An editorial in The Free Lance-Star: Doggone it:
A bill by Del. Bobby Orrock, D-Caroline, defines commercial breeders, requires them to register with their localities, and subjects them to all kinds of regulations and inspections. The bill comes perilously close to inflicting unfounded government control on innocent parties–such as hobby breeders and hunt-club operators, for example. It also establishes expensive unfunded mandates just when localities are revenue-pressed.
Well, I’m going to assume that’s a typo (or a Freudian slip) when they refer to Orrock as a Democrat.
But besides that: Great work. Never thought I would be saying that to The FL-S. ;)
Have a read of the fiscal impact statement for this bill (HB538) from the Virginia Department of Planning and Budget:
According to the Department of Agriculture and Consumer Services, the bill will result in an increased need for technical support to local animal control officers, private practice veterinarians, and Commonwealth’s attorneys in recognizing, investigating, collecting evidence, prosecuting, and giving expert testimony on commercial animal breeders. In addition, the legislation may result in a greater number of animal cruelty and animal welfare investigations in general.
Talk about unfunded mandates…
The department estimates that the legislation will require one full-time position to carry out the responsibilities associated with it. The cost of the position includes salary and fringes of $90,350, and other costs, such as office space, computer, cell phone, and travel of $16,412 in the first year and $12,392 in subsequent years.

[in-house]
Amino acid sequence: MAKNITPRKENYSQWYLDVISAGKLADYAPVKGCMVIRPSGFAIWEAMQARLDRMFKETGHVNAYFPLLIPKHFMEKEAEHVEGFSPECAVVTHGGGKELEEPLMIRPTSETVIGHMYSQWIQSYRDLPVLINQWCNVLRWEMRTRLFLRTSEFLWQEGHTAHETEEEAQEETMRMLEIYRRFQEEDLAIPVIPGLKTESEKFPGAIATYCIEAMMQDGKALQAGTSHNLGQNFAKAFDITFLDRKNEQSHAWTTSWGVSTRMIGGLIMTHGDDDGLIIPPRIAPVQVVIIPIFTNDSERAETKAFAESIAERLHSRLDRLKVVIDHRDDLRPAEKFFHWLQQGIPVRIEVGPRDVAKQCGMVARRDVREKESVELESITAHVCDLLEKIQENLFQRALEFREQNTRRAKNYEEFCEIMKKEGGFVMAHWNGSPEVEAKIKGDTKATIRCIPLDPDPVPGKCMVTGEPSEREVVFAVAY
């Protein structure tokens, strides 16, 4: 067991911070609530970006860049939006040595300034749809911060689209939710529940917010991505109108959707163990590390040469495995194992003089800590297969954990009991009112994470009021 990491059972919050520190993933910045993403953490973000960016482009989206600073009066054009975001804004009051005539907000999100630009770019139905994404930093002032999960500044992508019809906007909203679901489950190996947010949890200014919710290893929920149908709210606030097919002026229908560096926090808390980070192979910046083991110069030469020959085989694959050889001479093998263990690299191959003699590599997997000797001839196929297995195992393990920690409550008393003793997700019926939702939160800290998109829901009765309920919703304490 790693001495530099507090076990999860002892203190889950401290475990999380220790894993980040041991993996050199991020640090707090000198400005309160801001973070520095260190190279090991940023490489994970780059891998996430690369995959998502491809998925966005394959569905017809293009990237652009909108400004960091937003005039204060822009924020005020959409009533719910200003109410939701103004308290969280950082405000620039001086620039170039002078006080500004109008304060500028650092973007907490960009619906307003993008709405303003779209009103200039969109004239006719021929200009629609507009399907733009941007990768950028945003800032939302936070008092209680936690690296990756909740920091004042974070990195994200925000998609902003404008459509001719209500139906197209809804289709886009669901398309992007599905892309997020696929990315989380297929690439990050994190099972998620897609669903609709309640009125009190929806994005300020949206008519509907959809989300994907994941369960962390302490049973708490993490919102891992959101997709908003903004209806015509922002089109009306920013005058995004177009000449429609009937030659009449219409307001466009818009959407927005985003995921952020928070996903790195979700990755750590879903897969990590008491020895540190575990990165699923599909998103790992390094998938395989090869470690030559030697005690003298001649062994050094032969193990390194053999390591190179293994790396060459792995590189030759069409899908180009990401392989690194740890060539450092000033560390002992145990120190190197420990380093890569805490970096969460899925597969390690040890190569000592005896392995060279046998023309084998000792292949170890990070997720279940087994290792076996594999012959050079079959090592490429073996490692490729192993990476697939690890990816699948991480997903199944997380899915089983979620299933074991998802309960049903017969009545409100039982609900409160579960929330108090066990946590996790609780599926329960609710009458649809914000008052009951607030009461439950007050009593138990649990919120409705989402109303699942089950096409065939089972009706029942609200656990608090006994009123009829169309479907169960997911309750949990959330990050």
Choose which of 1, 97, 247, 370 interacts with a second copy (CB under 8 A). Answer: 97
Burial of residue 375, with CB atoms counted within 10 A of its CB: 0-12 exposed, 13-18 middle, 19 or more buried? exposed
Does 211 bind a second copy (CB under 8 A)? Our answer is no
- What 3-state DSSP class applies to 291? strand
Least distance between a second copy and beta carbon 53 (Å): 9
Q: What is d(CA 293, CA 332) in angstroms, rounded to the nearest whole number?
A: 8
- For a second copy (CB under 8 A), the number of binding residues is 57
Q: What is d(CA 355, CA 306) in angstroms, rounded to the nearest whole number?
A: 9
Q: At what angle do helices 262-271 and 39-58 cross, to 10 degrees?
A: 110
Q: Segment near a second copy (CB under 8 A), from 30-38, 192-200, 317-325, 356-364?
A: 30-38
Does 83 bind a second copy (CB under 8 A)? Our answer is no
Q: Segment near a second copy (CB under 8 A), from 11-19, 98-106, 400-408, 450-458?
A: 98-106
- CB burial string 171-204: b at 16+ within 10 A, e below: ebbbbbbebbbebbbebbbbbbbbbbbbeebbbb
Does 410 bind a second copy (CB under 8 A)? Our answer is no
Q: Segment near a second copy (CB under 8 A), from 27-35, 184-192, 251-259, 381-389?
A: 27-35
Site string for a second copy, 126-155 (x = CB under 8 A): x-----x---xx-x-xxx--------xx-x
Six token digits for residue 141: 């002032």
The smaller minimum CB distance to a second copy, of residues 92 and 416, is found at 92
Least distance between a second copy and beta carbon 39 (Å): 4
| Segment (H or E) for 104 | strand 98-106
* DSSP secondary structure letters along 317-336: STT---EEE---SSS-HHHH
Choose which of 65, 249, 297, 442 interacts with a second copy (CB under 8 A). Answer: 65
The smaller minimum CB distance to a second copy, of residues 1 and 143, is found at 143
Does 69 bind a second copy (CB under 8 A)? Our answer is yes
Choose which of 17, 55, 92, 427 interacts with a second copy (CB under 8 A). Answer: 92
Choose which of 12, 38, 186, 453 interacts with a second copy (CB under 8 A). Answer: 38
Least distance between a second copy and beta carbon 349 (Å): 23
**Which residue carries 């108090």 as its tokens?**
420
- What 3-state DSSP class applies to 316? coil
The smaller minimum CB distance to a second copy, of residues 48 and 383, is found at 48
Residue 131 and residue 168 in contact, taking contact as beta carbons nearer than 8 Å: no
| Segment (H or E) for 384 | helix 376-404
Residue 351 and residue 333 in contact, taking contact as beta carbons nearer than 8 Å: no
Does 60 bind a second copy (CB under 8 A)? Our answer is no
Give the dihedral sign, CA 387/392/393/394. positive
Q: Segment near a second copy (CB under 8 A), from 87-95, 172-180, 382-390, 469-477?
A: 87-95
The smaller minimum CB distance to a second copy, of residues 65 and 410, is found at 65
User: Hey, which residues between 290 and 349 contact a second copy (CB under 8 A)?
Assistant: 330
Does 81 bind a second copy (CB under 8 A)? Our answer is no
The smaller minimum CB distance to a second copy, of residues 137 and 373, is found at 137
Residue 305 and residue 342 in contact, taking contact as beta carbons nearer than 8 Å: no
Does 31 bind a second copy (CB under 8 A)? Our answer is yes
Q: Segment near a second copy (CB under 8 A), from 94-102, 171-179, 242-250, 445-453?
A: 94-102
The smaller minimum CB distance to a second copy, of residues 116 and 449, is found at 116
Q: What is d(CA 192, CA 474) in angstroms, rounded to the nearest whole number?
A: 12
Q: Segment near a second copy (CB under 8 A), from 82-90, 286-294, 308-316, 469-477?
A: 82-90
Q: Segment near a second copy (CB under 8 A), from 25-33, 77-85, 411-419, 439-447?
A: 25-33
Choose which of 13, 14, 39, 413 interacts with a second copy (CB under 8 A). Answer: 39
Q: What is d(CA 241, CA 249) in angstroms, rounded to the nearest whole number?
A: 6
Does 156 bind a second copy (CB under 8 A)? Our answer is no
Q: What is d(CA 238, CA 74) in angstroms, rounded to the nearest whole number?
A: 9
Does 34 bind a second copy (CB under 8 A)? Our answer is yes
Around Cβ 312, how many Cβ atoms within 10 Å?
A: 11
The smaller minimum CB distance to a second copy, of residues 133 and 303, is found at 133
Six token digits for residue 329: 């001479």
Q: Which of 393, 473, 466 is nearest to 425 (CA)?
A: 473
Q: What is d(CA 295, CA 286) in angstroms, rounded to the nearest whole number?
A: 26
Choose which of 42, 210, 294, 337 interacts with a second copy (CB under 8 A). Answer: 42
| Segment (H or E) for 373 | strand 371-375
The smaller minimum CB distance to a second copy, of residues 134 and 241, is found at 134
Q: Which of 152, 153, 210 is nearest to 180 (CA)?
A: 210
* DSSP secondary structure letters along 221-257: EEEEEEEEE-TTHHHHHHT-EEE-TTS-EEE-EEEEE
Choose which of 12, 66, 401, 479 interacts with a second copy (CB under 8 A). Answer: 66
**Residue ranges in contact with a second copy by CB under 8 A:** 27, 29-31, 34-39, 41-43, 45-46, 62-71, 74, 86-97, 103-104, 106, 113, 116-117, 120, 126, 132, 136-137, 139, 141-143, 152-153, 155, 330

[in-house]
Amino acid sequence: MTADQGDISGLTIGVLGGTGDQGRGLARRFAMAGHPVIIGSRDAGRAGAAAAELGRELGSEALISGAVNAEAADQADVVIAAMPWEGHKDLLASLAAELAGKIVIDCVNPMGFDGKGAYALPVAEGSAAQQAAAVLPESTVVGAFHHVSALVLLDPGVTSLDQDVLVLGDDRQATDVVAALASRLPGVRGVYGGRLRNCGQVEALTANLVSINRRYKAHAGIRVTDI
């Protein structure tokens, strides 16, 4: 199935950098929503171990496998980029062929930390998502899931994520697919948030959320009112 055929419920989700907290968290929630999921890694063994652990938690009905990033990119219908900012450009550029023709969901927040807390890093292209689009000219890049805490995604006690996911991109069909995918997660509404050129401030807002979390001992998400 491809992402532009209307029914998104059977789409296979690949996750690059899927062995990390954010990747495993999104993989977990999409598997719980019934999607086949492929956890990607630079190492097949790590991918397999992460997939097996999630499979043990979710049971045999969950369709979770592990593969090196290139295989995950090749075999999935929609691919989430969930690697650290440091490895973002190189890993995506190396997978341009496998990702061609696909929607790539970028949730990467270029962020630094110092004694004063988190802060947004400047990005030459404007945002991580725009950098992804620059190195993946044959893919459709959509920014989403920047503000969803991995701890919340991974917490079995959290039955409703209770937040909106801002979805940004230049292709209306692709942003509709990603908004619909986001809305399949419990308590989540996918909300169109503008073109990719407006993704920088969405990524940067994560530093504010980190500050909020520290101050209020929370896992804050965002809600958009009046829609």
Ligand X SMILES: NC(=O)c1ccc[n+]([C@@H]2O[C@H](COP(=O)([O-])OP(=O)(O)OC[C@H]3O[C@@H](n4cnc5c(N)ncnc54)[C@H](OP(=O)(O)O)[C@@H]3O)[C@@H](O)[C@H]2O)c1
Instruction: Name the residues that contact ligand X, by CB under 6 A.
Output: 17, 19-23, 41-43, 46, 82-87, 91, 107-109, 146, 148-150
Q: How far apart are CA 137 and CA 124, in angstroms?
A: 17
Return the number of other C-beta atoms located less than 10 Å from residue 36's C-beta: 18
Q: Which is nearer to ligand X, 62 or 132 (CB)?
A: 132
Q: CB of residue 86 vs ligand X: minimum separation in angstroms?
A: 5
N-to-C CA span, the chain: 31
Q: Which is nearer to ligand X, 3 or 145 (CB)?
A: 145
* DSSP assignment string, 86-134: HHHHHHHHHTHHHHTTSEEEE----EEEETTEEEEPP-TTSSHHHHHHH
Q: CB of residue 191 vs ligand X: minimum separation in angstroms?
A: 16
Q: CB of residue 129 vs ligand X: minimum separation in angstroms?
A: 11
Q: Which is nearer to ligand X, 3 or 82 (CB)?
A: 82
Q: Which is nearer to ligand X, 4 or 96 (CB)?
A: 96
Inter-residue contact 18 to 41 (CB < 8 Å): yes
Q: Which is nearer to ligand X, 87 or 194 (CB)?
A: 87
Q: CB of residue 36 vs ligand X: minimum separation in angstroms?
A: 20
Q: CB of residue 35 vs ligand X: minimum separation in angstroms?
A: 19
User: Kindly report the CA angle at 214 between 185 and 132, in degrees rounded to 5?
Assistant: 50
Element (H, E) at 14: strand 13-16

That would be $106,762 for the 2008-2009 fiscal year and $102,742 in each subsequent fiscal year.
The bill makes it a Class 1 misdemeanor for commercial breeders to violate the provisions. The penalties of a Class 1 misdemeanor include confinement in jail for not more than 12 months and a fine of not more than $2,500. Therefore, this proposal could result in an increase in the number of persons in jail. There is not enough information available to reliably estimate how many additional inmates in jail could result from this proposal. Any increase in jail population will increase costs to the state. The Commonwealth pays localities $8 a day for each misdemeanant or otherwise local responsible prisoner held in a jail. It also funds much of the jails’ operating costs, e.g. correctional officers. The state’s share of these costs, on a per prisoner, per day basis varies from locality to locality. However, according to the Compensation Board’s most recent jail cost report (November 2007), the estimated total state support for local jails averaged $28.42 per inmate per day in FY 2006.
Bobby Orrock wants the state to spend at least $102,742 a year hunting down dog breeders (no pun intended) when his own county of residence can’t even get funding from the state to convert their part-time Commonwealth’s Attorney’s position to full-time! Does anyone else see a problem with this?
The last animal cruelty case (against Michael Wilkerson) that the Commonwealth’s Attorney in Caroline County prosecuted took two hours — and the case has since been appealed to Circuit Court and will have to be retried.
It’s nice to see that the government (any) has its spending priorities in order.